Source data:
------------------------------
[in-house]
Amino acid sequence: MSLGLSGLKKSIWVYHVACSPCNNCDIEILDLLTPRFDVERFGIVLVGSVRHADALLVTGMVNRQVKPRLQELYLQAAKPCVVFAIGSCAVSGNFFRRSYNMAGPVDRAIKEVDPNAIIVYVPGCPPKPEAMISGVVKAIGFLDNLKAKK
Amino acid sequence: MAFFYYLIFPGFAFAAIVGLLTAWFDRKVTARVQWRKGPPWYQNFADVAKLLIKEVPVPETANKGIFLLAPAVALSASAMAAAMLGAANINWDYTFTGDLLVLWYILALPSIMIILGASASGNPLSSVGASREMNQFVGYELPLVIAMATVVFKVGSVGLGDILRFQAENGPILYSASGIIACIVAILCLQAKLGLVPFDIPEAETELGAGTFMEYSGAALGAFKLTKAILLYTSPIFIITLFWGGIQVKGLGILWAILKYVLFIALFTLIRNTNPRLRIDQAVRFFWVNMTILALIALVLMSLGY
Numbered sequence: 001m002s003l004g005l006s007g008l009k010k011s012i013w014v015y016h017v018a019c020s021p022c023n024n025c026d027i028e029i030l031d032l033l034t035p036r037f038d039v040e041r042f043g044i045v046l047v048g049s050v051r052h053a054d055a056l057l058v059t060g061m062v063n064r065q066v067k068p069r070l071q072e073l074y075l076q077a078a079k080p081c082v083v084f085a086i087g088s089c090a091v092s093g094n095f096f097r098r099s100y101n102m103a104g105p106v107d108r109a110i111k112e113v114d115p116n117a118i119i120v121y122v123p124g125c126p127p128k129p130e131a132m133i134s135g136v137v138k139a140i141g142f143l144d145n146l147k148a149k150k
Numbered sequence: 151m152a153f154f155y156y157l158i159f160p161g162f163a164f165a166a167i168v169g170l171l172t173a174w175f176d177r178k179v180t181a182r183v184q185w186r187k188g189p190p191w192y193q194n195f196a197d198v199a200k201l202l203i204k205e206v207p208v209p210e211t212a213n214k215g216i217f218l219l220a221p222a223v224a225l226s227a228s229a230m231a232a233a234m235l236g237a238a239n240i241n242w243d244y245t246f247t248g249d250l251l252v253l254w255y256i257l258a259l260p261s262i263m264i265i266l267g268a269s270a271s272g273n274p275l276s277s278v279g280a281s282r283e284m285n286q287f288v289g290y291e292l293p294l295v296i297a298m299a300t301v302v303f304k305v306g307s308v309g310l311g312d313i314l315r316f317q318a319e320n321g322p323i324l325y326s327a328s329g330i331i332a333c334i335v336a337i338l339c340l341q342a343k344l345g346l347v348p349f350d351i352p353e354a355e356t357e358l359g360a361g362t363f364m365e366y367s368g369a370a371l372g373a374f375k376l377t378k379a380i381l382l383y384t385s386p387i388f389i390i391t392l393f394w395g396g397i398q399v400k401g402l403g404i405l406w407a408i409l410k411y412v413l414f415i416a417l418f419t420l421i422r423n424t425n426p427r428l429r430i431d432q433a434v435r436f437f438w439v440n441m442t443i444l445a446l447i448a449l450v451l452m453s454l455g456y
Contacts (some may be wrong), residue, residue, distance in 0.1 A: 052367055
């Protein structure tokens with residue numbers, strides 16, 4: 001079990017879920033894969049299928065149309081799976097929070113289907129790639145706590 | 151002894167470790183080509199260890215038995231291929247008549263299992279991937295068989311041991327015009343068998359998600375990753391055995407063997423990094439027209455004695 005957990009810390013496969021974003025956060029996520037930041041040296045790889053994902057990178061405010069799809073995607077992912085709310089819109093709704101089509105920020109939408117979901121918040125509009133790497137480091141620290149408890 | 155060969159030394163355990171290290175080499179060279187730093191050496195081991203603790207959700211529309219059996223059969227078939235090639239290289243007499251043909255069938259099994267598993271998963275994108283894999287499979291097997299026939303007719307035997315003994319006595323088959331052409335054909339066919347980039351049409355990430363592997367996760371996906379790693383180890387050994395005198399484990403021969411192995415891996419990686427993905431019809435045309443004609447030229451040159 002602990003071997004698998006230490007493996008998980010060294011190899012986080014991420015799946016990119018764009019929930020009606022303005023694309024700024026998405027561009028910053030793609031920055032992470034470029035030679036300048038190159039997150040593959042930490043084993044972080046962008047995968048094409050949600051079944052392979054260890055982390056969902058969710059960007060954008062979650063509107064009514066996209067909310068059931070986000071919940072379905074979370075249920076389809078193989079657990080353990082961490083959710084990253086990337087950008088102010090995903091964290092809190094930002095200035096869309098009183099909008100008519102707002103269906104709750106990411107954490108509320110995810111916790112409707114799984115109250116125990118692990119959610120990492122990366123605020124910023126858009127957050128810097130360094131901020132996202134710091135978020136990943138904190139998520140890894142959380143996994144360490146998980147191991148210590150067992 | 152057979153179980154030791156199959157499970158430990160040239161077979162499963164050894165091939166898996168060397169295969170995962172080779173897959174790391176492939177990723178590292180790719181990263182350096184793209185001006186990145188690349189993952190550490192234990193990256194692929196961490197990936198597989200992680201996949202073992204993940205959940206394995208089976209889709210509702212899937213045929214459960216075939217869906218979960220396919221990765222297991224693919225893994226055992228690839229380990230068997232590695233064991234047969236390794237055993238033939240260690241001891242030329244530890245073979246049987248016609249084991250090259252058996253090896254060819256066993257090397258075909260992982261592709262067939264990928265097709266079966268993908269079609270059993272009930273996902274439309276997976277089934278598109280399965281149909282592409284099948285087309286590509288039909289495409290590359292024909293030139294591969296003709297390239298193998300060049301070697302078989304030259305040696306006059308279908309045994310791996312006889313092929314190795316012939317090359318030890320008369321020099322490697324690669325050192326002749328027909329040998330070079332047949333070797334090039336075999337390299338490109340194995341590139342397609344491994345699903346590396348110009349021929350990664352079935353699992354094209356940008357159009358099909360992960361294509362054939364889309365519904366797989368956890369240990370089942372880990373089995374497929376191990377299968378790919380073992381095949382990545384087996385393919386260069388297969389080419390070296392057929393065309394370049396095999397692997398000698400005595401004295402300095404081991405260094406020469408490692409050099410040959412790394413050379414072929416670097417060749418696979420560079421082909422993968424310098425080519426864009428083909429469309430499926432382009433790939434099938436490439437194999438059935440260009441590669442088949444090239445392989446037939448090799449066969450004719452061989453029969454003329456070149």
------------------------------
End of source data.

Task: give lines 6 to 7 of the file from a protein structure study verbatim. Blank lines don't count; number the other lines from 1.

Contacts (some may be wrong), residue, residue, distance in 0.1 A: 052367055
């Protein structure tokens with residue numbers, strides 16, 4: 001079990017879920033894969049299928065149309081799976097929070113289907129790639145706590 | 151002894167470790183080509199260890215038995231291929247008549263299992279991937295068989311041991327015009343068998359998600375990753391055995407063997423990094439027209455004695 005957990009810390013496969021974003025956060029996520037930041041040296045790889053994902057990178061405010069799809073995607077992912085709310089819109093709704101089509105920020109939408117979901121918040125509009133790497137480091141620290149408890 | 155060969159030394163355990171290290175080499179060279187730093191050496195081991203603790207959700211529309219059996223059969227078939235090639239290289243007499251043909255069938259099994267598993271998963275994108283894999287499979291097997299026939303007719307035997315003994319006595323088959331052409335054909339066919347980039351049409355990430363592997367996760371996906379790693383180890387050994395005198399484990403021969411192995415891996419990686427993905431019809435045309443004609447030229451040159 002602990003071997004698998006230490007493996008998980010060294011190899012986080014991420015799946016990119018764009019929930020009606022303005023694309024700024026998405027561009028910053030793609031920055032992470034470029035030679036300048038190159039997150040593959042930490043084993044972080046962008047995968048094409050949600051079944052392979054260890055982390056969902058969710059960007060954008062979650063509107064009514066996209067909310068059931070986000071919940072379905074979370075249920076389809078193989079657990080353990082961490083959710084990253086990337087950008088102010090995903091964290092809190094930002095200035096869309098009183099909008100008519102707002103269906104709750106990411107954490108509320110995810111916790112409707114799984115109250116125990118692990119959610120990492122990366123605020124910023126858009127957050128810097130360094131901020132996202134710091135978020136990943138904190139998520140890894142959380143996994144360490146998980147191991148210590150067992 | 152057979153179980154030791156199959157499970158430990160040239161077979162499963164050894165091939166898996168060397169295969170995962172080779173897959174790391176492939177990723178590292180790719181990263182350096184793209185001006186990145188690349189993952190550490192234990193990256194692929196961490197990936198597989200992680201996949202073992204993940205959940206394995208089976209889709210509702212899937213045929214459960216075939217869906218979960220396919221990765222297991224693919225893994226055992228690839229380990230068997232590695233064991234047969236390794237055993238033939240260690241001891242030329244530890245073979246049987248016609249084991250090259252058996253090896254060819256066993257090397258075909260992982261592709262067939264990928265097709266079966268993908269079609270059993272009930273996902274439309276997976277089934278598109280399965281149909282592409284099948285087309286590509288039909289495409290590359292024909293030139294591969296003709297390239298193998300060049301070697302078989304030259305040696306006059308279908309045994310791996312006889313092929314190795316012939317090359318030890320008369321020099322490697324690669325050192326002749328027909329040998330070079332047949333070797334090039336075999337390299338490109340194995341590139342397609344491994345699903346590396348110009349021929350990664352079935353699992354094209356940008357159009358099909360992960361294509362054939364889309365519904366797989368956890369240990370089942372880990373089995374497929376191990377299968378790919380073992381095949382990545384087996385393919386260069388297969389080419390070296392057929393065309394370049396095999397692997398000698400005595401004295402300095404081991405260094406020469408490692409050099410040959412790394413050379414072929416670097417060749418696979420560079421082909422993968424310098425080519426864009428083909429469309430499926432382009433790939434099938436490439437194999438059935440260009441590669442088949444090239445392989446037939448090799449066969450004719452061989453029969454003329456070149």